The ubiquitous heme-containing cytochrome P450 enzymes can be used as selective biocatalysts for oxidation. However, they usually require stoichiometric amounts of the expensive cofactor nicotinamide adenine dinucleotide phosphate (NAD(P)H) for the reductive activation of molecular oxygen. Hydrogen peroxide is an attractive alternative oxidant, but P450s that use H2O2 exhibit high substrate selectivity, limiting their practical use.
Yoshihito Watanabe and colleagues, Nagoya University and RIKEN Institute, Japan, have found a way to expand the substrate scope of P450-catalyzed oxidation with H2O2. They use organic acids to simulate substrate binding. The carboxylic acid group activates the H2O2 oxidant, which finally results in oxidation of the heme iron atom and generation of the active species. This “decoy” approach allows epoxidation of styrene, which cannot normally be achieved with P450 enzymes. When a single enantiomer of a chiral decoy is used, such as the common pain reliever ibuprofen, the epoxidation proceeds stereoselectively.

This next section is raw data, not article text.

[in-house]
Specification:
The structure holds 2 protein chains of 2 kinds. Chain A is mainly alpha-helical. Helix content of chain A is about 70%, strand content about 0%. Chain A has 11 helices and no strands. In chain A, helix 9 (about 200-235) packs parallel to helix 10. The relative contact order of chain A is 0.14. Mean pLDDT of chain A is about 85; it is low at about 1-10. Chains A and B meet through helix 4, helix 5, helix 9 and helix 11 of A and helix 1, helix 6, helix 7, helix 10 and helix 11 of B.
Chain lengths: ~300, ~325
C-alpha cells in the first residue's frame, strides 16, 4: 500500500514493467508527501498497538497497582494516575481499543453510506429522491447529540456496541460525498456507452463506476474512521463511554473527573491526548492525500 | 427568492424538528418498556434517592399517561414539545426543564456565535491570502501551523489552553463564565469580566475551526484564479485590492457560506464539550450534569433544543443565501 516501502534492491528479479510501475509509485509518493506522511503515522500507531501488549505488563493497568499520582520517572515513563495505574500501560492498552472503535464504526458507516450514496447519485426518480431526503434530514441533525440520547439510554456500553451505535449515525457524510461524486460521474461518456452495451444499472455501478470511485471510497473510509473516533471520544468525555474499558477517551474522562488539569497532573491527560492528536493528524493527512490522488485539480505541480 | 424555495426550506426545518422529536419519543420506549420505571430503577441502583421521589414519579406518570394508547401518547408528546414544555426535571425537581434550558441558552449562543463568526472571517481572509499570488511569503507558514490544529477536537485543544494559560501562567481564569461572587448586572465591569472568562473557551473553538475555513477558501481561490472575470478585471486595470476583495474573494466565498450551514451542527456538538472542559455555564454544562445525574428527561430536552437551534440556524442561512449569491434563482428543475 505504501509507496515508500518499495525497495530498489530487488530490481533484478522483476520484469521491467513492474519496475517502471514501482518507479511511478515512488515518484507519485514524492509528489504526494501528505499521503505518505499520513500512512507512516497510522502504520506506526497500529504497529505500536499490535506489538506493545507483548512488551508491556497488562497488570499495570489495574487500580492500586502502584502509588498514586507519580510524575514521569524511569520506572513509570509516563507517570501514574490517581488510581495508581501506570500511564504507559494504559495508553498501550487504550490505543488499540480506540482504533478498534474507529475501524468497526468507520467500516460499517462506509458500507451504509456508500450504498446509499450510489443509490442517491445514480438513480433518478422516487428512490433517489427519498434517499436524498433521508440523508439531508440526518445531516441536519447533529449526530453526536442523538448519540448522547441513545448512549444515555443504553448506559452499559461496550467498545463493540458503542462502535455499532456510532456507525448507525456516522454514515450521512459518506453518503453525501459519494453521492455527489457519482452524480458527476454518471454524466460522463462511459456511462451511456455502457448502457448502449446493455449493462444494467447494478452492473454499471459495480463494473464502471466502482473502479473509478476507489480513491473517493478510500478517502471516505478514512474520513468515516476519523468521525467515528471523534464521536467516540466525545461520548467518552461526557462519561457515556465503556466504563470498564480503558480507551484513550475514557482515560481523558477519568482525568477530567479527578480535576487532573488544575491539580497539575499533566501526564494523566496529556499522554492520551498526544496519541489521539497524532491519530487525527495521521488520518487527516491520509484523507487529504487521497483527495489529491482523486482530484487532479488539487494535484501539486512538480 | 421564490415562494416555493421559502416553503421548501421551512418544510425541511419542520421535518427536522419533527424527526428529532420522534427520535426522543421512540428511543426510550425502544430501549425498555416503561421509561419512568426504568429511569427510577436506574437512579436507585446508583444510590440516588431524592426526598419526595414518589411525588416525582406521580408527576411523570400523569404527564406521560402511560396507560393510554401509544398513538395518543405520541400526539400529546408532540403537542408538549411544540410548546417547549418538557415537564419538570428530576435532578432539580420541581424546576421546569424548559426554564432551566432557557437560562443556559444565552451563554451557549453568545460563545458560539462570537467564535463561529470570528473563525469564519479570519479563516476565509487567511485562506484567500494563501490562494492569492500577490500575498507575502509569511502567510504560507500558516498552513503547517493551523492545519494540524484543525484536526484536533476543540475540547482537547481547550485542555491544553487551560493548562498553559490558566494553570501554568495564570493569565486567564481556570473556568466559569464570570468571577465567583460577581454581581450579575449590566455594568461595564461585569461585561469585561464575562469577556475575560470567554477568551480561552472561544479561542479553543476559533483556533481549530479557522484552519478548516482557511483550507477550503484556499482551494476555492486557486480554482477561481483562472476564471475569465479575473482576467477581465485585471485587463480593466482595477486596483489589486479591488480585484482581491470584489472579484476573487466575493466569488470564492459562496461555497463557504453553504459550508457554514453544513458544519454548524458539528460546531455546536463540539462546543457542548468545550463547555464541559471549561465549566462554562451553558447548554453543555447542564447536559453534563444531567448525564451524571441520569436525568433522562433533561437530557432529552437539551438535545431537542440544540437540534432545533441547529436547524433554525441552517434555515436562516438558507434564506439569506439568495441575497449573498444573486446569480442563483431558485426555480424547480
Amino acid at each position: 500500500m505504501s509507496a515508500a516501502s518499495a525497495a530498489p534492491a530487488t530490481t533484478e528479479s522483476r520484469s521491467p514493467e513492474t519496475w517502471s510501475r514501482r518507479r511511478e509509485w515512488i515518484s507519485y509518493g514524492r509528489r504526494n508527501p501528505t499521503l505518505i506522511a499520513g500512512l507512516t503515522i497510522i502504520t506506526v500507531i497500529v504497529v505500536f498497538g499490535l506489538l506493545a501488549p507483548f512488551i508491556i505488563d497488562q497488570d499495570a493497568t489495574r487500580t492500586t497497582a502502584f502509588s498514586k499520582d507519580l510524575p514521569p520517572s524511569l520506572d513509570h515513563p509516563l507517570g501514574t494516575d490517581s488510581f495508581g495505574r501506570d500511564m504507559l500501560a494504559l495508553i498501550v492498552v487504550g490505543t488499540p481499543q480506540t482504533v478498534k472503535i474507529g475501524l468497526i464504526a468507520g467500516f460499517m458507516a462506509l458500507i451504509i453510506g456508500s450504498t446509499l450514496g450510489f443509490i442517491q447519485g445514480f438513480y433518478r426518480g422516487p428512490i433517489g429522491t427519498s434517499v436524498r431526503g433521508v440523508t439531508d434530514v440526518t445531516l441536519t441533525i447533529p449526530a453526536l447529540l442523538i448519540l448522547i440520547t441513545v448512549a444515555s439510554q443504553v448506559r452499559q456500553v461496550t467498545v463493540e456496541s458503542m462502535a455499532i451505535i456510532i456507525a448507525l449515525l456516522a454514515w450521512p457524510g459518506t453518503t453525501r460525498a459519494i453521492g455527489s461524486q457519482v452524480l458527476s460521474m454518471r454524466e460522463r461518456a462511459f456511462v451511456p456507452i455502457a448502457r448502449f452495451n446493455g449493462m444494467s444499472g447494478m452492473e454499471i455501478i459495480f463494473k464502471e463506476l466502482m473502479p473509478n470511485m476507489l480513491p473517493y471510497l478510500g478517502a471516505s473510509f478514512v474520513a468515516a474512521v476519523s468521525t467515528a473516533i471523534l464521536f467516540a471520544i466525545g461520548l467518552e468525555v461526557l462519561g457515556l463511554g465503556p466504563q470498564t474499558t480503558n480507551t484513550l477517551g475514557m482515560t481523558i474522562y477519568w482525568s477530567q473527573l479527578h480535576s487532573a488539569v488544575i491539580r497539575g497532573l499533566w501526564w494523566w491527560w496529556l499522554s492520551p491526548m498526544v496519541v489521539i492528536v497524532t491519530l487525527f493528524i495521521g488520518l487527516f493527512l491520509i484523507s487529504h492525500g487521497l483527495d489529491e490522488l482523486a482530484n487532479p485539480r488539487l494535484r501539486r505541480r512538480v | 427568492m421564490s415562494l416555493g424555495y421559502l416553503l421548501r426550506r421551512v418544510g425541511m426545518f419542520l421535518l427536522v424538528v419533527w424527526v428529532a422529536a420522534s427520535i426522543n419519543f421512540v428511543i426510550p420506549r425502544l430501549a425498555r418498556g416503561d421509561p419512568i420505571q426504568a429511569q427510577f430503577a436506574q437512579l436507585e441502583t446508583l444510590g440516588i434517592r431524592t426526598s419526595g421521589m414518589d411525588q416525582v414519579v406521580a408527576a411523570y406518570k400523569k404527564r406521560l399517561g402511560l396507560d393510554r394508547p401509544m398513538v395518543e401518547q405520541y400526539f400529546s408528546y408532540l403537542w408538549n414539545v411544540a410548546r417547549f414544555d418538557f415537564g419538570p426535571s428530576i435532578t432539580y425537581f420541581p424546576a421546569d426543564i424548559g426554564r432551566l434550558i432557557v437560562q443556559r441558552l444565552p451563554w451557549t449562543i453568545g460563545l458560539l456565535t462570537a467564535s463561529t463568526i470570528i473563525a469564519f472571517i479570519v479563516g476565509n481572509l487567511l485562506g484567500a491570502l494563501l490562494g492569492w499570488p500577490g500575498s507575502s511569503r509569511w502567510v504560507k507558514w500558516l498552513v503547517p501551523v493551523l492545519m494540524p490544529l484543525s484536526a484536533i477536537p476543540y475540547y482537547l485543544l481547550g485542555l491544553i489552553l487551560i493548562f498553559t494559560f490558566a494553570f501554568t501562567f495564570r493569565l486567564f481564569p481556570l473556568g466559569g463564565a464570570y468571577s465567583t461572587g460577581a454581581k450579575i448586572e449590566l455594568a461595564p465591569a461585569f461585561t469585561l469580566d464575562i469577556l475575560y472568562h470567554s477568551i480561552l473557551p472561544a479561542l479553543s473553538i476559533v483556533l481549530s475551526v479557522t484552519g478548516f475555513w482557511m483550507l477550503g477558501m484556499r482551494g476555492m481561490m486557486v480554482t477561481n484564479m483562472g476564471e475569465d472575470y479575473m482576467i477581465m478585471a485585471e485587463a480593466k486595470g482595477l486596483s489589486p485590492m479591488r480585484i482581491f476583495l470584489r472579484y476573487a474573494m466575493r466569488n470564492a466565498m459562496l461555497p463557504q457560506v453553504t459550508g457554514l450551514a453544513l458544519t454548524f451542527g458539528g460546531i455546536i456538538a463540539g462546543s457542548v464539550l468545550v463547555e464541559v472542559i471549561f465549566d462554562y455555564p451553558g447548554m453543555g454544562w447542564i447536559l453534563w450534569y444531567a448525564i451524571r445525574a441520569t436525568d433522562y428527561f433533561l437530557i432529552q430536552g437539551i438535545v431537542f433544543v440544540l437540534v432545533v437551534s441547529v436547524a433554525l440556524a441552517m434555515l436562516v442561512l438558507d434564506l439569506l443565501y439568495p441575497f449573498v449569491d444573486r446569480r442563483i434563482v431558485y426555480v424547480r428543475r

Further optimization of the system both in terms of decoy molecule and P450 mutant should yield higher catalytic activity and better stereoselectivity.
- Chiral-Substrate-Assisted Stereoselective Epoxidation Catalyzed by H2O2-Dependent Cytochrome P450SPα,
Takashi Fujishiro, Osami Shoji, Norifumi Kawakami, Takahiro Watanabe, Hiroshi Sugimoto, Yoshitsugu Shiro, Yoshihito Watanabe,
Chem. Asian J. 2012.